Saturday, January 29, 2005

Big Brother and Blue States

Scientific American's December issue had an interesting article on the various levels of personal information protection US states provide to their citizens. Oklahoma's protections are rated as "intermediate" while every state that surrounds us (except New Mexico and Colorado) is rated as having "low" protection of personal information.

The author, Rodger Doyle, points out that the federal government has been lax in moving to protect citizens from private data theft and exploitation. Federal laws do not shield medical and library records and give only partial protection to financial records.

California has been most active in enacting laws to protect its citizens privacy as well as courts that are vigilant in enforcement. Wyoming is singled out as the worst at protecting its citizens.

Oklahoma used to place everyone's Social Security number right on our drivers licenses but now we have the option of a randomly-generated drivers license number (which I opted for).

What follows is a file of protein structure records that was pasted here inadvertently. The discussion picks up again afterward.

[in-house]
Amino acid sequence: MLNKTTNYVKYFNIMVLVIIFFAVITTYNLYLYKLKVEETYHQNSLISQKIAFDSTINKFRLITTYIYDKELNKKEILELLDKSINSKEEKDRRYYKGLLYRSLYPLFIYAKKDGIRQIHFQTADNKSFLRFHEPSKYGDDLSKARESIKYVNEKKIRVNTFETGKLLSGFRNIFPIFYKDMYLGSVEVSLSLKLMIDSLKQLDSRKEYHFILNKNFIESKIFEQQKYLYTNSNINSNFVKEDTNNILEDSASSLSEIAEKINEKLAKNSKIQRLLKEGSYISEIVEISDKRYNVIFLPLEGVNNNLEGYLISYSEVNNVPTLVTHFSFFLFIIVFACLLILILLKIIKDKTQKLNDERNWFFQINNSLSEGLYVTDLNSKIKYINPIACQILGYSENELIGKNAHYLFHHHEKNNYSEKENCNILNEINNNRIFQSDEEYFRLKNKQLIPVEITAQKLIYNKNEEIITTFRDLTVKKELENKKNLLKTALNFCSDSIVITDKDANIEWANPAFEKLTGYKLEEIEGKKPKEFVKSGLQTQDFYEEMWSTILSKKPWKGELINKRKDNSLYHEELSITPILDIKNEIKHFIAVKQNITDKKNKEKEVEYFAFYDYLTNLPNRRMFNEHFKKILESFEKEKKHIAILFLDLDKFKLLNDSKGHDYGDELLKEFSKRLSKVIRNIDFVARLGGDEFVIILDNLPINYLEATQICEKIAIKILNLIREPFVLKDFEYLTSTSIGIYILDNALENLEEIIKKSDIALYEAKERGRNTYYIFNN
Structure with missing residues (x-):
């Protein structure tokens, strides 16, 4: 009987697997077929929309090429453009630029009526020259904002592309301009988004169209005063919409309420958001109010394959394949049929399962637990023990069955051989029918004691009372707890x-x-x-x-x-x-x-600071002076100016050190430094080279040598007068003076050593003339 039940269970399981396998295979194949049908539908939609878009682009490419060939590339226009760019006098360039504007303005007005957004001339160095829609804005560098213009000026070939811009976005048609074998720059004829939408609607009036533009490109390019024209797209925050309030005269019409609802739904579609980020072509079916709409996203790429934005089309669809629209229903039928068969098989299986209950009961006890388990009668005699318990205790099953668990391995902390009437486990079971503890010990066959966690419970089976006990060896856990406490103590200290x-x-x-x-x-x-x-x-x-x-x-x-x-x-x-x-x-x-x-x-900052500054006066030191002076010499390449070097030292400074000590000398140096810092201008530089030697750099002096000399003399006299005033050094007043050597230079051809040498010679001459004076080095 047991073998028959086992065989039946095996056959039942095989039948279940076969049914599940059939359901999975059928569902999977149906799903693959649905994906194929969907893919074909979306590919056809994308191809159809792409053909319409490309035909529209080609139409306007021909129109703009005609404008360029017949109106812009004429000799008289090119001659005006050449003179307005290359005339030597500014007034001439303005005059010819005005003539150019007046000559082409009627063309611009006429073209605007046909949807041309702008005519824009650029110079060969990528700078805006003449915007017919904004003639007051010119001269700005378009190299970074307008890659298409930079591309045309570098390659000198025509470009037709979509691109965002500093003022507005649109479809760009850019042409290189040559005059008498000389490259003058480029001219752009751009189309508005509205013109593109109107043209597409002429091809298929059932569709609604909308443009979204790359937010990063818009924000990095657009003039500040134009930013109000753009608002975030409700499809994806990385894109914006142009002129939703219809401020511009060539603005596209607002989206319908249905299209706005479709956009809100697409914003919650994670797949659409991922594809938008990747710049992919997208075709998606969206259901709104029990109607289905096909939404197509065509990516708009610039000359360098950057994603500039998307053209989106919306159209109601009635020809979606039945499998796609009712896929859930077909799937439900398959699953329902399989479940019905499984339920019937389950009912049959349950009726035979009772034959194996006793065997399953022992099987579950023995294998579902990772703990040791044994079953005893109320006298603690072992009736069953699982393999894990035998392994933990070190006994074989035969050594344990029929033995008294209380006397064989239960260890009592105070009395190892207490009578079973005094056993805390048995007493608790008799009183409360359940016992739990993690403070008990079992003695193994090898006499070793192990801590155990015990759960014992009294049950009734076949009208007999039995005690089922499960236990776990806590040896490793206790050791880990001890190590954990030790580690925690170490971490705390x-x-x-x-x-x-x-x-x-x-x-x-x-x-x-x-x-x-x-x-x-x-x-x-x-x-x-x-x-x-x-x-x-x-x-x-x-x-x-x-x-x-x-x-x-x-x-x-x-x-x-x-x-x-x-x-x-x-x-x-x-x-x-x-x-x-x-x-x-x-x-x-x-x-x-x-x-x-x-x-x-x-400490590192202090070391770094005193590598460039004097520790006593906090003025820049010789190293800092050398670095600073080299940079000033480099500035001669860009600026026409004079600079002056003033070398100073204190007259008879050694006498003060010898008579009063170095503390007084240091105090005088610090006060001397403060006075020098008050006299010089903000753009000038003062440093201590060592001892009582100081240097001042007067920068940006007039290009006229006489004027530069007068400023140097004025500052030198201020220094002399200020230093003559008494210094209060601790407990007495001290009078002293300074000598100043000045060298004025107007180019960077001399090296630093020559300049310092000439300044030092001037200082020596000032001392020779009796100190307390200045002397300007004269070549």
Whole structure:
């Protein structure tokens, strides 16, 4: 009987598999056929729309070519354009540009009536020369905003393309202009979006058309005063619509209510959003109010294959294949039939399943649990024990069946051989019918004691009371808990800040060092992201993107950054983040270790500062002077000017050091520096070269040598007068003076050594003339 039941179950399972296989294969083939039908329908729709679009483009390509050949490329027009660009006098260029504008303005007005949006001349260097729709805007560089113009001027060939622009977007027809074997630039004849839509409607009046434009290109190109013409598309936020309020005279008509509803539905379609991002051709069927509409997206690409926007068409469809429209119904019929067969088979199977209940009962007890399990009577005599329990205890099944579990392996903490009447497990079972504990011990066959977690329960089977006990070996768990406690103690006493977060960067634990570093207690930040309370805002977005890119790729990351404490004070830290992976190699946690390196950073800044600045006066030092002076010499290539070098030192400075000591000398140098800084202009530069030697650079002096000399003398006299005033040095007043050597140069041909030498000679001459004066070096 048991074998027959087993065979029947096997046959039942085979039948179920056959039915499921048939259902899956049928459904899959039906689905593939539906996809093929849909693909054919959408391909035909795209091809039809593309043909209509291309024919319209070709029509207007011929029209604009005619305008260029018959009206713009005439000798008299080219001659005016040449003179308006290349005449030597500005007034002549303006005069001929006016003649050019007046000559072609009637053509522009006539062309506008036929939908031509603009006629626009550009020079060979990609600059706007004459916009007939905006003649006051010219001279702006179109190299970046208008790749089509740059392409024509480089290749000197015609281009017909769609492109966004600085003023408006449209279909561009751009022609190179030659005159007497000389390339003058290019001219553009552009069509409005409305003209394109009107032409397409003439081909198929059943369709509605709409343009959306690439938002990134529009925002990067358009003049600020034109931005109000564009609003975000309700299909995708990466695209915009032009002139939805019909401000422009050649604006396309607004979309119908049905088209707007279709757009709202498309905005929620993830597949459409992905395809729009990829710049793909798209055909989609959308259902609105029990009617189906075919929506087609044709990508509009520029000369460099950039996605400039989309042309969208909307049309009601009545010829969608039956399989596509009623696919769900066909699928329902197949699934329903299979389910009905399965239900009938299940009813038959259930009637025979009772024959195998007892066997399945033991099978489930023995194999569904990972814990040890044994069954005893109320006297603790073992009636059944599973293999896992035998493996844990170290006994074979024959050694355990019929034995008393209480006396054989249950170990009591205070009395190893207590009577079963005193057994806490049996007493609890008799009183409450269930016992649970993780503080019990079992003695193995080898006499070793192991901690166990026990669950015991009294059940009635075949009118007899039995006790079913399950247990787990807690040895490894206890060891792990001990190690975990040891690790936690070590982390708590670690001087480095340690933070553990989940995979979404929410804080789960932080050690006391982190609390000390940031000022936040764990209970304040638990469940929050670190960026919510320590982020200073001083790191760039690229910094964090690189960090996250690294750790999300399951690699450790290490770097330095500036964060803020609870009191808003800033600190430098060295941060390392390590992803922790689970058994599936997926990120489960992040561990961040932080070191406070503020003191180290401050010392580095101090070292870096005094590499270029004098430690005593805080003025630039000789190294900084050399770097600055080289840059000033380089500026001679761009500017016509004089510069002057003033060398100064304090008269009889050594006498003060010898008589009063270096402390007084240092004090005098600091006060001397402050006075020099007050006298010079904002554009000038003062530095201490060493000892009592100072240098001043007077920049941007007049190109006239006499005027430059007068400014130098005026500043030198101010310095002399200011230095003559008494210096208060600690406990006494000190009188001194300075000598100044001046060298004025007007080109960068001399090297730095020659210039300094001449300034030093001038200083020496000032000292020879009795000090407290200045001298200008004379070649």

In looking at the ratings map in the Scientific American article I couldn't help but notice a rough correlation between red states and low privacy protection and blue states and high privacy protection. Has a historic flip-flop taken place? The John Wayne Republicans used to focus on individual rights but this seems to have become a Democratic issue in recent years.

I'm just speculating here, but I wonder if the Republican states aren't too friendly with corporate interests that want to utilize private data for business purposes. There's also the Patriot Act mentality that sacrifices individual liberty for collective security. Could this be it?

For more information see: Privacy Journal

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